The results are presented in table format with explinations long side. This makes them easier to follow and the results are also grouped into the three areas. It is not stated anywhere in the results whether the results are what was expected but by the literature review this is what has been historically well known. Many of the questions were left unanswered by the participants and therefore the data in inclomplete. Two thirds of the participants had gained their training in the hospital setting. Half of the sample were educated between 11 and 18. Only thiryt-eight percent of the sample had ever updated their skills.


The conclusion that nurses’ knowledge was inadequate is justified in the data. The researchers also mentioned that the methods of teaching need to be reviewed and standardized.


Limitations to the study were described but these were only factors that could affect blood pressure and were not implications for the actual study. Some limitations include the small sized sample; only one private teaching hospital was involved.


It is difficult to identify nursing implications as no distinction is made between the enrolled and registered nurses. If the registered nurses did better than the enrolled nurses or older nurses performed worse than new graduates, if this kind of detail was included in the discussion then something useful could be said. Authoritative, comprehensive, and easily accessible documents are required to help inform nurses of common errors in blood pressure measurement. Education and training need to be improved and standardization of training across all disciplines is required.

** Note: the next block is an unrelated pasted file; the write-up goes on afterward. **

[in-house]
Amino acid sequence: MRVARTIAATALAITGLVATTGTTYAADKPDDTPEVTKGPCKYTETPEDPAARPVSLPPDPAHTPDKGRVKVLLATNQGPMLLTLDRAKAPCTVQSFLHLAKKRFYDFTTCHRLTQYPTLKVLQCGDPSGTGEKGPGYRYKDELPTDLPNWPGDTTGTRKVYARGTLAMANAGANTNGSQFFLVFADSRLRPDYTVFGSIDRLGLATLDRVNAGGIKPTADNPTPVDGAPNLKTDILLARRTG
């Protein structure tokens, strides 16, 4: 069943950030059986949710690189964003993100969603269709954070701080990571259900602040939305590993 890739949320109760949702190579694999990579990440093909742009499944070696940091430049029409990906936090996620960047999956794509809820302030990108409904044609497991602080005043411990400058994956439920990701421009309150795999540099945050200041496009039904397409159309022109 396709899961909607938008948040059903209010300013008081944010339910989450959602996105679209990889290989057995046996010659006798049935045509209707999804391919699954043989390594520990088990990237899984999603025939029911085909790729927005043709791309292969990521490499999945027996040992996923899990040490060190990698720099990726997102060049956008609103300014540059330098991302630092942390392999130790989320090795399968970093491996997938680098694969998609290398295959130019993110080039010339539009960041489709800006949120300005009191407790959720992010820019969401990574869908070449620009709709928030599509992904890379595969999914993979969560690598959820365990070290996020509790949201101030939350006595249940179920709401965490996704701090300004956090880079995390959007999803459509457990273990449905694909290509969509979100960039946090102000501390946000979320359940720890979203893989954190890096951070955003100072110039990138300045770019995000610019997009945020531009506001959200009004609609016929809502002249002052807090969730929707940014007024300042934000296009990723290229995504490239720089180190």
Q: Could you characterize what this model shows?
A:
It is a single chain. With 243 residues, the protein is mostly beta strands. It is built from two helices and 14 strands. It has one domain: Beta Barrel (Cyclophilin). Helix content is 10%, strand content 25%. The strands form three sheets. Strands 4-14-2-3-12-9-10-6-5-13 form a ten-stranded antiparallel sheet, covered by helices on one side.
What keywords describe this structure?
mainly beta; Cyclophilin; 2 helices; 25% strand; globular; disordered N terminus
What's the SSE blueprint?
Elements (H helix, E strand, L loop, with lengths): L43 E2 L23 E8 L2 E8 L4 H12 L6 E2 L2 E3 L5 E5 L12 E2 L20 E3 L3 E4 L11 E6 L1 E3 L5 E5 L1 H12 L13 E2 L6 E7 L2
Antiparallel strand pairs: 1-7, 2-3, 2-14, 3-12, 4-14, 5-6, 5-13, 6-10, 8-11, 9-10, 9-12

Overall this study is fairly well done but improvements can be made in all areas.


References


Armstrong, R.S. (00). Nurses’ knowledge of error in blood pressure measurement technique. International journal of nursing practice, 8, 118-16


Kemp, F., Foster, C. & McKindlay, S. (14). How effective is training for blood pressure measurement technique? Professional Nurse, (8) 51-54.


Schneider, Z., Elliot, D., LoBiondo-Wood, G. & Haber, J. (1). Nursing research Methods, critical appraisal and utilisation (nd ed.). Sydney, Australia Mosby.


Talbot, L.A. (15). Principles and practice of nursing research. St Louis, MO Mosby.